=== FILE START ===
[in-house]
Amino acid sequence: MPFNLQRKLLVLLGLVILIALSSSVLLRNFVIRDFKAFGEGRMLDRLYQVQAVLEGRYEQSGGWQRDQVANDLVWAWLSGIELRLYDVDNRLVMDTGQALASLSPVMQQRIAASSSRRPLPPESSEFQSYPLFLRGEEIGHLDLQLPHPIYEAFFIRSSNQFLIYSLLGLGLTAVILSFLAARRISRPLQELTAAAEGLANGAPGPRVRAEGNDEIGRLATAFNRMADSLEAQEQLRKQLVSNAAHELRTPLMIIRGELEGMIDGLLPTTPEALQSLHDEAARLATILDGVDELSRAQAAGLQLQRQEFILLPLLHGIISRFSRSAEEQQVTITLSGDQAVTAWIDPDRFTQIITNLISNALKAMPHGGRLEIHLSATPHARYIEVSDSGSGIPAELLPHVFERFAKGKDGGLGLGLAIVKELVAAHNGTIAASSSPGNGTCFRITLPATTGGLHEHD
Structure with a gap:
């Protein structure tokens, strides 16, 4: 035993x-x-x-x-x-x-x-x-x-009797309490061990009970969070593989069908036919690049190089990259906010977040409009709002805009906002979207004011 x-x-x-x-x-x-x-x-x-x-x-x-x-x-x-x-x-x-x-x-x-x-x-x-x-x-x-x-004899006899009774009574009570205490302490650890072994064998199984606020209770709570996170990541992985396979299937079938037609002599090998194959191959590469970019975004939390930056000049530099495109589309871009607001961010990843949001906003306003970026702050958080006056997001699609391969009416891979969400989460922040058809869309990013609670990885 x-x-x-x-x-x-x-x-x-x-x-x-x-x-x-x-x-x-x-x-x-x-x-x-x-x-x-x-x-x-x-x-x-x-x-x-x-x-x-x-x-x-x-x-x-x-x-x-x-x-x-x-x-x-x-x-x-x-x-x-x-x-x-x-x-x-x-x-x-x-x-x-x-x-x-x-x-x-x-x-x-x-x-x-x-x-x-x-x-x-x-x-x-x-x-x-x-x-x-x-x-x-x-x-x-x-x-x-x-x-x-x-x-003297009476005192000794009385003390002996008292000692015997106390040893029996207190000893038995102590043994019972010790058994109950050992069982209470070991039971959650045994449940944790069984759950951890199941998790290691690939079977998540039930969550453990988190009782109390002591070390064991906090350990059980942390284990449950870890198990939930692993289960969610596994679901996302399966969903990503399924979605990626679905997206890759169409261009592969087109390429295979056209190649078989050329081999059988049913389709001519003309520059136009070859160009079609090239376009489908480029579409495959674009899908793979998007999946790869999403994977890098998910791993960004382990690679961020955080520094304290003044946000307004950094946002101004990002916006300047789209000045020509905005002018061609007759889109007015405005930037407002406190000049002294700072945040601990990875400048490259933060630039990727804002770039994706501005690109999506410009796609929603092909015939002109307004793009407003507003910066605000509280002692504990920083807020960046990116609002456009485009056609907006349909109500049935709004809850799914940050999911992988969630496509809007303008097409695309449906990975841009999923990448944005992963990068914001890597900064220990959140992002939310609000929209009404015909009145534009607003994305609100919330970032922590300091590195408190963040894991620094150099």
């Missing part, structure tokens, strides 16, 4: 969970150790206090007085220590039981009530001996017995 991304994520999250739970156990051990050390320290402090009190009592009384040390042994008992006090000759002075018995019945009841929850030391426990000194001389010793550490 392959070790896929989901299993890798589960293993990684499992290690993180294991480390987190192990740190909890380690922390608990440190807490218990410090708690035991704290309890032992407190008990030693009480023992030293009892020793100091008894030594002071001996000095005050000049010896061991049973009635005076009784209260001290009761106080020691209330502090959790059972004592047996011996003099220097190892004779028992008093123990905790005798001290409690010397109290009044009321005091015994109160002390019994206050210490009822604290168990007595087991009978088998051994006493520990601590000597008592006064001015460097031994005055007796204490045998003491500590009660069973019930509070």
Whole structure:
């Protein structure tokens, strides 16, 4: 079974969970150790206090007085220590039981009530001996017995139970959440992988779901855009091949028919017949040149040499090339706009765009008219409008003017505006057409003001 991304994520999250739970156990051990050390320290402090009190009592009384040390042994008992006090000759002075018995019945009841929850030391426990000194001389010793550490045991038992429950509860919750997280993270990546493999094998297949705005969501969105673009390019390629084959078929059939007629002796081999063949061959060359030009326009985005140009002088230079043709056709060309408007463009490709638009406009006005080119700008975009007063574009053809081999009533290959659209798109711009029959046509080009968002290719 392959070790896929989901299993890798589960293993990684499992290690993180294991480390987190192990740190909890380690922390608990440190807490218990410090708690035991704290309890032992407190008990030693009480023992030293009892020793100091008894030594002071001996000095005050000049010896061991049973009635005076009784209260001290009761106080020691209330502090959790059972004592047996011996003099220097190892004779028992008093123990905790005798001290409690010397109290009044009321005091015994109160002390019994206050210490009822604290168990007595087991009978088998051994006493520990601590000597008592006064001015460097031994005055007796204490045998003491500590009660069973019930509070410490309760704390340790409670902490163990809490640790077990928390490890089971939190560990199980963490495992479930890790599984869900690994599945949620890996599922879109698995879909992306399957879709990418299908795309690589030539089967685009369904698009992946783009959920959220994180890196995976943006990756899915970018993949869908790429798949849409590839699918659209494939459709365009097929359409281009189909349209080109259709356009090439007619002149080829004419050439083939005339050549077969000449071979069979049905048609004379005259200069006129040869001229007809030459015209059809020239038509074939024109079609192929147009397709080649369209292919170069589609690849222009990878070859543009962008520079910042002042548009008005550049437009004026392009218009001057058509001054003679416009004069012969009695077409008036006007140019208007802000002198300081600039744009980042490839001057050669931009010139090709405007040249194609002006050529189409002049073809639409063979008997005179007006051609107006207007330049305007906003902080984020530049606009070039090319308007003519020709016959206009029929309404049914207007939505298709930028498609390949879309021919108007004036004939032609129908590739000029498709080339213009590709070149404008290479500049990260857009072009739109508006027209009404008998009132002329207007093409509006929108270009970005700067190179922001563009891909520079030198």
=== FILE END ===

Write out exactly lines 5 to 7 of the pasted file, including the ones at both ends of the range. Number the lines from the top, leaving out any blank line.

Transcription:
């Missing part, structure tokens, strides 16, 4: 969970150790206090007085220590039981009530001996017995 991304994520999250739970156990051990050390320290402090009190009592009384040390042994008992006090000759002075018995019945009841929850030391426990000194001389010793550490 392959070790896929989901299993890798589960293993990684499992290690993180294991480390987190192990740190909890380690922390608990440190807490218990410090708690035991704290309890032992407190008990030693009480023992030293009892020793100091008894030594002071001996000095005050000049010896061991049973009635005076009784209260001290009761106080020691209330502090959790059972004592047996011996003099220097190892004779028992008093123990905790005798001290409690010397109290009044009321005091015994109160002390019994206050210490009822604290168990007595087991009978088998051994006493520990601590000597008592006064001015460097031994005055007796204490045998003491500590009660069973019930509070």
Whole structure:
């Protein structure tokens, strides 16, 4: 079974969970150790206090007085220590039981009530001996017995139970959440992988779901855009091949028919017949040149040499090339706009765009008219409008003017505006057409003001 991304994520999250739970156990051990050390320290402090009190009592009384040390042994008992006090000759002075018995019945009841929850030391426990000194001389010793550490045991038992429950509860919750997280993270990546493999094998297949705005969501969105673009390019390629084959078929059939007629002796081999063949061959060359030009326009985005140009002088230079043709056709060309408007463009490709638009406009006005080119700008975009007063574009053809081999009533290959659209798109711009029959046509080009968002290719 392959070790896929989901299993890798589960293993990684499992290690993180294991480390987190192990740190909890380690922390608990440190807490218990410090708690035991704290309890032992407190008990030693009480023992030293009892020793100091008894030594002071001996000095005050000049010896061991049973009635005076009784209260001290009761106080020691209330502090959790059972004592047996011996003099220097190892004779028992008093123990905790005798001290409690010397109290009044009321005091015994109160002390019994206050210490009822604290168990007595087991009978088998051994006493520990601590000597008592006064001015460097031994005055007796204490045998003491500590009660069973019930509070410490309760704390340790409670902490163990809490640790077990928390490890089971939190560990199980963490495992479930890790599984869900690994599945949620890996599922879109698995879909992306399957879709990418299908795309690589030539089967685009369904698009992946783009959920959220994180890196995976943006990756899915970018993949869908790429798949849409590839699918659209494939459709365009097929359409281009189909349209080109259709356009090439007619002149080829004419050439083939005339050549077969000449071979069979049905048609004379005259200069006129040869001229007809030459015209059809020239038509074939024109079609192929147009397709080649369209292919170069589609690849222009990878070859543009962008520079910042002042548009008005550049437009004026392009218009001057058509001054003679416009004069012969009695077409008036006007140019208007802000002198300081600039744009980042490839001057050669931009010139090709405007040249194609002006050529189409002049073809639409063979008997005179007006051609107006207007330049305007906003902080984020530049606009070039090319308007003519020709016959206009029929309404049914207007939505298709930028498609390949879309021919108007004036004939032609129908590739000029498709080339213009590709070149404008290479500049990260857009072009739109508006027209009404008998009132002329207007093409509006929108270009970005700067190179922001563009891909520079030198």